Tooth nerve pain can go from a small ache to a sudden sharp jolt—and experience that’s unbearable to some. Often a result of an exposed tooth root, tooth nerve pain can be brought on by particular foods, drinks, and even while brushing and flossing. Here’s what you need to know to help stop the discomfort, prevent further tooth sensitivity, and when to see your dental professional.
The nerves in the teeth are located in the pulp—the bundle of nerves and blood vessels at the center of the tooth. Nerve pain in teeth falls into two categories:
- Pulpal Sensitivity: If you have nerve pain that is focused on one individual tooth, the problem is likely affecting the tooth pulp. Causes of the damaged nerve pain in teeth that affect the pulp include a cracked, chipped, or broken tooth, tooth decay or infection, a recent tooth filling, and pressure from clenching or grinding your teeth.
- Dentinal Sensitivity: Dentinal sensitivity refers to nerve pain in the teeth that is more widespread. This type of nerve pain in teeth occurs when the tooth enamel (the outermost layer of the tooth) is damaged or eroded away resulting in exposed dentin tubules or channels. These tubules connect to the nerves in the pulp. External stimuli such as heat, cold, and acid, stimulate these tubules resulting in sensitivity. Causes of dentinal sensitivity include use of teeth whitening products, receding gums, and untreated cavities. In addition, brushing the teeth too hard and recent gum surgery that exposes the tooth roots can cause nerve pain in teeth.
Depending on the cause of your tooth pain, there are several possible dental procedures that can solve the problem. Two of the most common procedures for tooth pain are fillings and root canals.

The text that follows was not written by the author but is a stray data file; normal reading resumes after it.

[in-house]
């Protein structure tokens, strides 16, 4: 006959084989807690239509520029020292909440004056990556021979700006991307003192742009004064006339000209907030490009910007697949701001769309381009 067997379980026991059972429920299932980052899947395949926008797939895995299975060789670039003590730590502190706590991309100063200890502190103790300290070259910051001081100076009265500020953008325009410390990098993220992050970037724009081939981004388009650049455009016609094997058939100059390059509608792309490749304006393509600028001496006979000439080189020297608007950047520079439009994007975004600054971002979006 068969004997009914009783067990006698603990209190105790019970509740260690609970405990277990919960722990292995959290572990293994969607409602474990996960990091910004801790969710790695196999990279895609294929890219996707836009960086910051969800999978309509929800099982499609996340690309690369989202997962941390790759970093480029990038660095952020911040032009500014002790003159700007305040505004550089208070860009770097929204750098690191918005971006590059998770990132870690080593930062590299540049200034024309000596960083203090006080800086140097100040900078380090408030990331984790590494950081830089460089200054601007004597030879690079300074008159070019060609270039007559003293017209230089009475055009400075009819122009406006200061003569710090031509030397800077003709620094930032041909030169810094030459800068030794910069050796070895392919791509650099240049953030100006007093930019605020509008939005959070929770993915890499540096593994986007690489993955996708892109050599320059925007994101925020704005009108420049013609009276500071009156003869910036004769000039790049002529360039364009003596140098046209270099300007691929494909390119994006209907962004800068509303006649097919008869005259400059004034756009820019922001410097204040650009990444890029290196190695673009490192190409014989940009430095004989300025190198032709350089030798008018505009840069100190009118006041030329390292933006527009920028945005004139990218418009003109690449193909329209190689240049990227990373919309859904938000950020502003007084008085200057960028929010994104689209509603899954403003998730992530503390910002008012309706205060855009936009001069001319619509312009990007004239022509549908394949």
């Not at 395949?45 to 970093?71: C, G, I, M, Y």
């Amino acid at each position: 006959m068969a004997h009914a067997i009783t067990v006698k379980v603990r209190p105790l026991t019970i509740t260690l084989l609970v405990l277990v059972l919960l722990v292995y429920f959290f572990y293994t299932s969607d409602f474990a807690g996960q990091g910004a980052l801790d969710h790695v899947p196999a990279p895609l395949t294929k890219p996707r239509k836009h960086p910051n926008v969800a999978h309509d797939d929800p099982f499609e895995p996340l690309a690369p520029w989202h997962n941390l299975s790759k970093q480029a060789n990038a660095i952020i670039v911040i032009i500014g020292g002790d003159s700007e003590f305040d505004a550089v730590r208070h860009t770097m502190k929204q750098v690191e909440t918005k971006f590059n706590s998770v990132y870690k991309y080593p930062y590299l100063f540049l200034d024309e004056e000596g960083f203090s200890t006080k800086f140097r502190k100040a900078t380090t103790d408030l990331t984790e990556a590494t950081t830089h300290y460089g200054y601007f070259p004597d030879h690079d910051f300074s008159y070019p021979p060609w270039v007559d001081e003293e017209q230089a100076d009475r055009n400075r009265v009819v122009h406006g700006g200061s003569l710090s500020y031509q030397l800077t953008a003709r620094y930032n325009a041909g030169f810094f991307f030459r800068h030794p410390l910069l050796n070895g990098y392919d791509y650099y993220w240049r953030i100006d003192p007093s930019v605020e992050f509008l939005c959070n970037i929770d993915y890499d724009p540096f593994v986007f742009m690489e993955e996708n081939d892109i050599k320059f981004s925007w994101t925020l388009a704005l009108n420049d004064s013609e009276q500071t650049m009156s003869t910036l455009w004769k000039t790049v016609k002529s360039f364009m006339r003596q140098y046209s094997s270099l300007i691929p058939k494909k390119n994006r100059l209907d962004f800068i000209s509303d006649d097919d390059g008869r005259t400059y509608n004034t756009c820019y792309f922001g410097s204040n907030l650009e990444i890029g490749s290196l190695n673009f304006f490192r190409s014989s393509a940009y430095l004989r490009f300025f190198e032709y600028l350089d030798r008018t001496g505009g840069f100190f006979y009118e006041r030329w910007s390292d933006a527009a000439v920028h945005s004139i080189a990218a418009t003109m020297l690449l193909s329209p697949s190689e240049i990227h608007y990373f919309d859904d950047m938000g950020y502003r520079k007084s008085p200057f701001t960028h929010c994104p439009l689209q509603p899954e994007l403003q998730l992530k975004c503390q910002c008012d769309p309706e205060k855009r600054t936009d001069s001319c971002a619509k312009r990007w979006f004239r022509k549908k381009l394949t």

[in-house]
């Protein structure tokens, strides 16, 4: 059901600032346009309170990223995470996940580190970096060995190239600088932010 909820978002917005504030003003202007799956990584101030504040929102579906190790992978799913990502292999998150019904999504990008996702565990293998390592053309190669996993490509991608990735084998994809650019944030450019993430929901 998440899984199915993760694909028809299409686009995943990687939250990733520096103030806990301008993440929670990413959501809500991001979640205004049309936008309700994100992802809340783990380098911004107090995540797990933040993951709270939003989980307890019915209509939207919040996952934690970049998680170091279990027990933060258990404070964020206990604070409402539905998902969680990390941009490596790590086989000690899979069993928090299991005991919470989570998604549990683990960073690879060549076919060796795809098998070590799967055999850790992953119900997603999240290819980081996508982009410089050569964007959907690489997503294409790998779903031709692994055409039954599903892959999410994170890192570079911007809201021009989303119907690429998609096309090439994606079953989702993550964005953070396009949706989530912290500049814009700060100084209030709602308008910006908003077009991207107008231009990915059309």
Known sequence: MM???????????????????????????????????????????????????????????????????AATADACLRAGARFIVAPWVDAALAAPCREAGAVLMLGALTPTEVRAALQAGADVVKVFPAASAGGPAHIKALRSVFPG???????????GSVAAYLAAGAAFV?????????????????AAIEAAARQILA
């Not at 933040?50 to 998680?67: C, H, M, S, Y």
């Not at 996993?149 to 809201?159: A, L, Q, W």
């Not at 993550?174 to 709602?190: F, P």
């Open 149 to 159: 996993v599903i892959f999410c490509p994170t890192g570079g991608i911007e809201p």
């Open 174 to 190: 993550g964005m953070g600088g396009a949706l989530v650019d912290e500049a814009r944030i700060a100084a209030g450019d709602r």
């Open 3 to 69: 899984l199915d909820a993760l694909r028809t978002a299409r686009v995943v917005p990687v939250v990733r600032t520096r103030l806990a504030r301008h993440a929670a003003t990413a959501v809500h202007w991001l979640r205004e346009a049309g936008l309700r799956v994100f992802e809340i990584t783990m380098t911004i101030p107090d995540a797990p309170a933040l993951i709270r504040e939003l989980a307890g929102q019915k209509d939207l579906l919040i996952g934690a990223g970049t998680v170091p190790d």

- Fillings: If you have tooth nerve pain caused by a simple cavity, a filling is the most common dental repair. When you have a tooth filled, your dental professional numbs the area, removes the decayed material, and replaces it with a filling.
- Root Canals: A root canal is performed if the nerve pain is due to a tooth that is severely infected or decayed. During a root canal, a dentist removes the damaged nerve and the pulp from inside the tooth, cleans the area, and seals it. The nerves inside teeth are not essential for healthy tooth function, and a root canal will cure some types of tooth nerve pain.
In some instances, the tooth decay may have progressed too far and an extraction may need to be performed. To prevent toothaches caused by decay and reduce your risk of tooth loss, it’s best to follow a thorough oral care routine of twice daily brushing and flossing at least once a day. If you experience tooth pain, be sure to visit your dental professional right away for proper diagnosis and treatment.
The area near your tooth may be sensitive before or after your dental procedure, but it’s important to follow a regular oral hygiene routine to prevent additional tooth decay or disease. Try using oral care products designed for sensitive mouths, including Crest Pro-Health Sensitive + Enamel Shield Toothpaste, Oral-B Glide Deep Clean Floss, and Oral-B Glide Comfort Plus for sensitive gums.
If your tooth pain is a result of a teeth whitening procedurę consider trying a whitening method that does not cause sensitivity like Crest Whitening Emulsions. The breakthrough formula features highly active peroxide droplets in a water-resistant hydrating base to protect teeth from sensitivity. Plus, it swipes on in seconds and delivers a brighter smile, fast.
To maintain a healthy smile, it’s also important to focus on the tooth’s enamel. As enamel demineralizes, your smile can become more vulnerable to sensitivity and tooth decay. Crest Pro-Health Densify Daily Protection Toothpaste rebuilds surface tooth density every time you brush to extend the life of your teeth by remineralizing enamel.
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